Alabama AG joins contraception mandate lawsuit - WALB.com, Albany News, Weather, Sports

Alabama AG joins contraception mandate lawsuit

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MONTGOMERY, AL (WAFF) -

Alabama Attorney General Luther Strange and an Alabama-based television network have filed a suit challenging a mandate in the new health care law.

The Eternal Word Television Network says it shouldn't be forced to include contraception in employees' health insurance plans.

EWTN has 350 employees. The company provides Catholic programming world-wide. Other religious organizations were provided exemptions to the mandate, however EWTN was not one of them.

"Essentially what the government is saying in the final rules, we are deciding EWTN is not religious enough to qualify as an exemption to these rules," said Chairman and CEO of EWTN Michael Warsaw.

If EWTN does not comply by next July, it would have to pay tens of millions of dollars in fines.

Strange calls the mandate "unconscionable." He says it does not comply with the law.

"Our problem is it's a restriction on your first amendment religious freedom," said Strange. "That is our first freedom -- Freedom of religion. The administration wants to keep your faith within the confines of an hour on Sunday. But people in Alabama and around the country want to take their religion out to their workplace and living out their moral religious beliefs."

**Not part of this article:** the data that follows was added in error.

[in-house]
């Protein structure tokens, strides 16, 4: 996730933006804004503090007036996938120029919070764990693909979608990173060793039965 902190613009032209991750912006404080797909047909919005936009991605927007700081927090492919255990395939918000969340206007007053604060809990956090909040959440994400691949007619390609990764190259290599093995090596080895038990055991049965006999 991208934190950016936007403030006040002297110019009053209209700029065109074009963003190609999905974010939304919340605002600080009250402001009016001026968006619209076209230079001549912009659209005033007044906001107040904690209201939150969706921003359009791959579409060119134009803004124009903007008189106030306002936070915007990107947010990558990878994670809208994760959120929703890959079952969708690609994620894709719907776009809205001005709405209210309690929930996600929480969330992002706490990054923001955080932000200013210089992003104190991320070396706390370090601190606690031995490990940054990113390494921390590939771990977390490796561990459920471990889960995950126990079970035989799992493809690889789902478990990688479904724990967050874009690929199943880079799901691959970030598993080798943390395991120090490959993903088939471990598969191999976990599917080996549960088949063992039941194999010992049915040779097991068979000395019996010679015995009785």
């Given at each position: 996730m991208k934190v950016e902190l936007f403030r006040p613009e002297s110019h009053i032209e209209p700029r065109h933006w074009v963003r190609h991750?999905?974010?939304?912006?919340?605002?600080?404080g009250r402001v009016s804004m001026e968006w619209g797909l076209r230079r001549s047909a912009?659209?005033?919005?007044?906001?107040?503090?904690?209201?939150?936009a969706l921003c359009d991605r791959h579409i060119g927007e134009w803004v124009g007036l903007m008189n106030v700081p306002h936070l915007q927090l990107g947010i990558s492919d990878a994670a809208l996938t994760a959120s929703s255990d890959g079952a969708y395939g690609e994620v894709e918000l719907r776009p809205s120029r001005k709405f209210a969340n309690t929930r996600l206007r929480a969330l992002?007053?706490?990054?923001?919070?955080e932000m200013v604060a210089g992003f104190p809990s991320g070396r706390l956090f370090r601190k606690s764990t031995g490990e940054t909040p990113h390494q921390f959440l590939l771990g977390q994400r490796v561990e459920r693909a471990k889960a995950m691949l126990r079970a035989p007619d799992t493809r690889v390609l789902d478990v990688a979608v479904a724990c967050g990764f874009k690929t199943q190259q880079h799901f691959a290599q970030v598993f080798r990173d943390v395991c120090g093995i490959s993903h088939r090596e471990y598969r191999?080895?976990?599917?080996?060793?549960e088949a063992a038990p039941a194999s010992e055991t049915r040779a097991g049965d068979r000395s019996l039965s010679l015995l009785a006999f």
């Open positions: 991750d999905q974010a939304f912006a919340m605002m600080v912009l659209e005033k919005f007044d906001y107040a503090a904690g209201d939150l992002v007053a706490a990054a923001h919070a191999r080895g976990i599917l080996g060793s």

The Diocese in Birmingham also released a statement in support of the state of Alabama and the network. In it Bishop Robert Baker said:

EWTN Global Catholic Network and the State of Alabama filed suit today against the Obama administration. The suit opposes the implementation of the contraception and sterilization mandate under the Affordable Care Act. I support the complaint as a necessary challenge to a regulation that fails to protect the religious liberty and freedom of conscience of American citizens who believe that the mandate is morally wrong. While I strongly support universal access to health care, such access is threatened by the continued failure to protect the right of conscience. Those who help provide health care, and those who need such care for themselves and their families, should not be forced to choose between preserving their religious and moral integrity and participating in our health care system.

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